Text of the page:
European antitrust regulator threatens to charge Gazprom over gas pricing

The European Union antitrust regulator yesterday threatened to take action against Russian state-owned energy giant Gazprom for blocking competition and imposing unfair prices in the natural gas markets in Central and Eastern Europe.

''We suspect that Gazprom has been hindering the free flow of gas across member states and the diversification of sources of supply. We also suspect that it has imposed unfair prices on its customers," said Joaquín Almunia, commissioner at the European Commission (EC).

''It would be premature to anticipate when the next steps might be taken, but we have now moved to the phase of preparing a statement of objections.''

Statement of objections is the first step in any legal proceedings and Gazprom may be fined up to 10 per cent or nearly $15 billion of its 2012 revenues of $148 billion if found guilty.

In September 2012, the Brussels-based regulator had opened formal proceedings to investigate whether Gazprom may be abusing its dominant market position in upstream gas supply markets by hindering competition in Central and Eastern European gas markets in breach of EU antitrust rules.

The investigation follows unannounced raids the EC made in 2011 on natural gas companies across Europe, including Gazprom affiliates, for anticompetitive practices.

As the case gathered momentum, Gazprom warned Almunia that it had the ''status of a strategic organization'' in Russia - an apparent reminder that the company is controlled by the Kremlin.

The EC was investigating three suspected anti-competitive practices by the Moscow-based energy giant in Central and Eastern Europe in countries like Poland, the Czech Republic, Slovakia, Bulgaria, Hungary, Estonia, Latvia and Lithuania.

The investigation is expected to end in spring 2014.

The EC alleges that Gazprom has divided gas markets by hindering the free flow of gas across member states, may have prevented the diversification of supply of gas, and has imposed unfair prices on its customers by linking the price of gas to oil prices.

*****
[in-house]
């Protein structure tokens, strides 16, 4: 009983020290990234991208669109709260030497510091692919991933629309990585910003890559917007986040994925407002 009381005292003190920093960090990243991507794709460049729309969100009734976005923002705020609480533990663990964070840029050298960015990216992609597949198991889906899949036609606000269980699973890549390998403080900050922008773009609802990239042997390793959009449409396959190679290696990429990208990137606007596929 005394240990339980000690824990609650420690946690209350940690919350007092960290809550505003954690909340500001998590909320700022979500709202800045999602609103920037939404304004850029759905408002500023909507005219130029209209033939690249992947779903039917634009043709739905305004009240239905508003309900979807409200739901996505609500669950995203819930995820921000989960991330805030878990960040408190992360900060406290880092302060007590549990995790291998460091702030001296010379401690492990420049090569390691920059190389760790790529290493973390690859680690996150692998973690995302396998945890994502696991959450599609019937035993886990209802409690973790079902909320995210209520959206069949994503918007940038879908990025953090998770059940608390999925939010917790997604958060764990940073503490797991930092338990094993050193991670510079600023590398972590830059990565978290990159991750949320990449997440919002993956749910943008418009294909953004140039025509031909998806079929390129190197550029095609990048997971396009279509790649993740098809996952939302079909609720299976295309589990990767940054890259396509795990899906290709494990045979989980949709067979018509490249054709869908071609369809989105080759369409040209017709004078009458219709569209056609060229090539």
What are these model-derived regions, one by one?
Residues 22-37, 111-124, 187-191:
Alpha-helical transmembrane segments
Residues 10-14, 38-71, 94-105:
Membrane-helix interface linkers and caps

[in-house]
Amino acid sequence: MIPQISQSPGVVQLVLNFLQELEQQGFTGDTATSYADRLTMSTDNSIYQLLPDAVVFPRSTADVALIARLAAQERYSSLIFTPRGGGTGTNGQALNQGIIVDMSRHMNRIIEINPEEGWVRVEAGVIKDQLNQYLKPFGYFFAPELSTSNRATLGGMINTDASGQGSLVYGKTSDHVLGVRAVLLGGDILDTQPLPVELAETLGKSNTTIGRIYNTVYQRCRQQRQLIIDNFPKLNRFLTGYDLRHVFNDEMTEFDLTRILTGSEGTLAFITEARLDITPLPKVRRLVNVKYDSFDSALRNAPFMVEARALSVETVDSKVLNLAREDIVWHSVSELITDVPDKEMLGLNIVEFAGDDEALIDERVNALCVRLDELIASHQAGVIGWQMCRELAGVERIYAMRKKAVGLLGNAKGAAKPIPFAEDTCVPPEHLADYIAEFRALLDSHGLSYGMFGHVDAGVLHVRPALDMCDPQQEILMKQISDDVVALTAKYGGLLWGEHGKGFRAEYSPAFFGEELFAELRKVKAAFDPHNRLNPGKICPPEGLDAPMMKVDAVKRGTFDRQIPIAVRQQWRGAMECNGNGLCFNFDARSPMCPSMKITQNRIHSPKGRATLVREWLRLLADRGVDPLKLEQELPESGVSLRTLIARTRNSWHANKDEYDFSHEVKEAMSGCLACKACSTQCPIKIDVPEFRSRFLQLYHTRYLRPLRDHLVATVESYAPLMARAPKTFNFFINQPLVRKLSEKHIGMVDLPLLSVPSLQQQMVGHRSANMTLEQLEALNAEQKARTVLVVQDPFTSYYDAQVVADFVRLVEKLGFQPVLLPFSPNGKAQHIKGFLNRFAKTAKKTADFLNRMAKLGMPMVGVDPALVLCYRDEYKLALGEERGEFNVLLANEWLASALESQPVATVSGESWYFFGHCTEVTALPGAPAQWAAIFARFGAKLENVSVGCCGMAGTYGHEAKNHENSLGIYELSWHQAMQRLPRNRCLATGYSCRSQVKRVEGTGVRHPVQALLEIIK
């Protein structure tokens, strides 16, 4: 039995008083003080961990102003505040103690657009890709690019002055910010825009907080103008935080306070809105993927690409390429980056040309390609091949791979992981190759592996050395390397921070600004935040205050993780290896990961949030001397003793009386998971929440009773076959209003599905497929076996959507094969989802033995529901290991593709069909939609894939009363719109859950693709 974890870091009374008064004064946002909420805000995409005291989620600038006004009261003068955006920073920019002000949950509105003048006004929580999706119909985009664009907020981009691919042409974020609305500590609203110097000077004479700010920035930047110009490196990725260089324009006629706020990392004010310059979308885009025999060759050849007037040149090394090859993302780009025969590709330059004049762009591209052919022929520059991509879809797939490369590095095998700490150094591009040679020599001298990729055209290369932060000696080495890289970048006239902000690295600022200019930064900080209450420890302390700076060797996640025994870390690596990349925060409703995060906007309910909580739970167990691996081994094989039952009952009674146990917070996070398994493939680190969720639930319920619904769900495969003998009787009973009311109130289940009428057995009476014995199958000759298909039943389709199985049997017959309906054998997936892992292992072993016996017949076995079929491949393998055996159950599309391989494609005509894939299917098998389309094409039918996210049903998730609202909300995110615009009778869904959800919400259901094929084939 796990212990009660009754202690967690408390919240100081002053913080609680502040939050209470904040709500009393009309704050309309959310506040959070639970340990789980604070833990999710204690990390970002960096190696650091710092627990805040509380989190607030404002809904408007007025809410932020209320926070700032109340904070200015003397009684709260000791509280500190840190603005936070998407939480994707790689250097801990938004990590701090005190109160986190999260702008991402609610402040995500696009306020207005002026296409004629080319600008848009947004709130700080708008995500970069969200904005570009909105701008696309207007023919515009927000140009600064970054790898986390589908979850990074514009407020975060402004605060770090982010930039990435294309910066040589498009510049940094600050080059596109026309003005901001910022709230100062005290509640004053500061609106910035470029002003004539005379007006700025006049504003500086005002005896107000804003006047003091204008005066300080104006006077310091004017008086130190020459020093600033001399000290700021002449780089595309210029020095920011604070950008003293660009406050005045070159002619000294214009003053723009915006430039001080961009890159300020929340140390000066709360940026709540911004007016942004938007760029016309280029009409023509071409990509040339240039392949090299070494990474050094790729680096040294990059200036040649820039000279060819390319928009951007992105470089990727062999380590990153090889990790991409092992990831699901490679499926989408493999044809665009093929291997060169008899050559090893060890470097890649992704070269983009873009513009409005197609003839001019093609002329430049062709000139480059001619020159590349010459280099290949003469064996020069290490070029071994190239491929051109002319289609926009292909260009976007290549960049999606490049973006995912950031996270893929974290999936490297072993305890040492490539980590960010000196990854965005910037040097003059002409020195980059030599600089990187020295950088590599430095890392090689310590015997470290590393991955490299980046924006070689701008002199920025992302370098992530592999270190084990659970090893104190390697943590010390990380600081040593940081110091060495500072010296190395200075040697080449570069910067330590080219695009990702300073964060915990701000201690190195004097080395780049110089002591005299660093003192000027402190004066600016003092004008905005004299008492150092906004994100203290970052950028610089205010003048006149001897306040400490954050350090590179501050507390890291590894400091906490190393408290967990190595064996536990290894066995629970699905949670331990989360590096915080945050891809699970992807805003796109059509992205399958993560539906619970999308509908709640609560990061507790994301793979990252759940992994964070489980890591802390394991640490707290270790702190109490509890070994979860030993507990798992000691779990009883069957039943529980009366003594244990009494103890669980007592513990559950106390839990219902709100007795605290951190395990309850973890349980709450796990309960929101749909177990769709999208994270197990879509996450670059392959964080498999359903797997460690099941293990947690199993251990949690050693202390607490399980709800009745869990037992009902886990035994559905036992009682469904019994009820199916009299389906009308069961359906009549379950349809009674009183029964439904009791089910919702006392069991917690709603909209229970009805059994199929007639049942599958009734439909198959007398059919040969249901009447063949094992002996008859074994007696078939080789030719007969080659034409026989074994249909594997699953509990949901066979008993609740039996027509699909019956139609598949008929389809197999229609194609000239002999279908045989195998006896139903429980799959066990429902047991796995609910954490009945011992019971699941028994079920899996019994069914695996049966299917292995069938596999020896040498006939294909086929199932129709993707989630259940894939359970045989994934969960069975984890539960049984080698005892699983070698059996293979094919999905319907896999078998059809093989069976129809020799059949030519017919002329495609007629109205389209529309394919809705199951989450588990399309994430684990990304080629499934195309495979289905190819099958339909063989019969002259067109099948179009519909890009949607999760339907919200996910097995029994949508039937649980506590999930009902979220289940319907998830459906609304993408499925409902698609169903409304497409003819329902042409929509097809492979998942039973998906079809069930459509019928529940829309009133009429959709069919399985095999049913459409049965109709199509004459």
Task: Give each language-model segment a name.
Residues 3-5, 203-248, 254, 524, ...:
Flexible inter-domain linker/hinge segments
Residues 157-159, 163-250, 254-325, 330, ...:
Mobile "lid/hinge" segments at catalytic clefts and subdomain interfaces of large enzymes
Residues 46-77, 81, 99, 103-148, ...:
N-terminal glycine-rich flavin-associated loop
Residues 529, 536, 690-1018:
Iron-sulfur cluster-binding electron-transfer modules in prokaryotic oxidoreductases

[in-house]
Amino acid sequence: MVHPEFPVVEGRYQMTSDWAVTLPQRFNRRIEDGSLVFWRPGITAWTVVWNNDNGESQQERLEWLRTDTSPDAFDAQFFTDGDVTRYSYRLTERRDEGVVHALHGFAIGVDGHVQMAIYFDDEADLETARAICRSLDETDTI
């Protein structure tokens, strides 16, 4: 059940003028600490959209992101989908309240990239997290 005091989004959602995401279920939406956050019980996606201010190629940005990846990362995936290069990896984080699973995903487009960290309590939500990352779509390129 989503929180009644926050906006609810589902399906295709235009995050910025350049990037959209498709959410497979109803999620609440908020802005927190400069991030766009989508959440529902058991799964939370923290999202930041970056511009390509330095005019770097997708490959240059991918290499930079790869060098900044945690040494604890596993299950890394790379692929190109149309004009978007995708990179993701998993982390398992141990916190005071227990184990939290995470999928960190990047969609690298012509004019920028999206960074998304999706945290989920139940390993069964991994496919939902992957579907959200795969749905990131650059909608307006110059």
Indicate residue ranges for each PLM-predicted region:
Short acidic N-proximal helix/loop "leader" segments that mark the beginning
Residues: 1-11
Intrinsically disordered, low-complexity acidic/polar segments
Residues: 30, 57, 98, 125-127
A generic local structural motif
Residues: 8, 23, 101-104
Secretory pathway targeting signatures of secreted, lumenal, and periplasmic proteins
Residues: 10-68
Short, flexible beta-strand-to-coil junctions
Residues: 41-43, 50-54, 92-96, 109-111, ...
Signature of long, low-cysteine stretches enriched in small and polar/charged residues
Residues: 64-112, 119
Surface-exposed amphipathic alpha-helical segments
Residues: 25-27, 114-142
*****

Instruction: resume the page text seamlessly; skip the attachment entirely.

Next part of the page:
Gazprom is the sole supplier to Bulgaria, Estonia, Latvia, Lithuania and Slovakia, and supplies 82 per cent of Poland's gas, 83 per cent of Hungary's and 69 per cent of the Czech Republic's gas needs.

Gazprom, charges its Eastern European customers more compared to those in Germany, Italy or France, although transporting gas from the Siberian gas fields to Western Europe is farther compared to Eastern Europe.

Eastern European countries have less alternatives for gas supplies compared to their Western counterparts and Gazprom has been charging them more since they are totally depended on Russian gas that flow through the pipeline installed during the Soviet Union days.

Lithuania pays for gas approximately 30 per cent more compared to other European countries.

Gazprom, the world's largest gas producer, came into the limelight after it cut supplies to south-east Europe in 2006 and 2009 in the middle of winter on pricing issues with Ukraine.

Some of the countries that totally depend on Gazprom gas supplies have become very vocal on the company's business practices and have urged the EC to implement competitive energy prices and transparency in the Eastern and Central European region.

Gazprom has denied accusations of breaching EU competition rules, and has said that the investigation is driven by political motivations, not economic performance.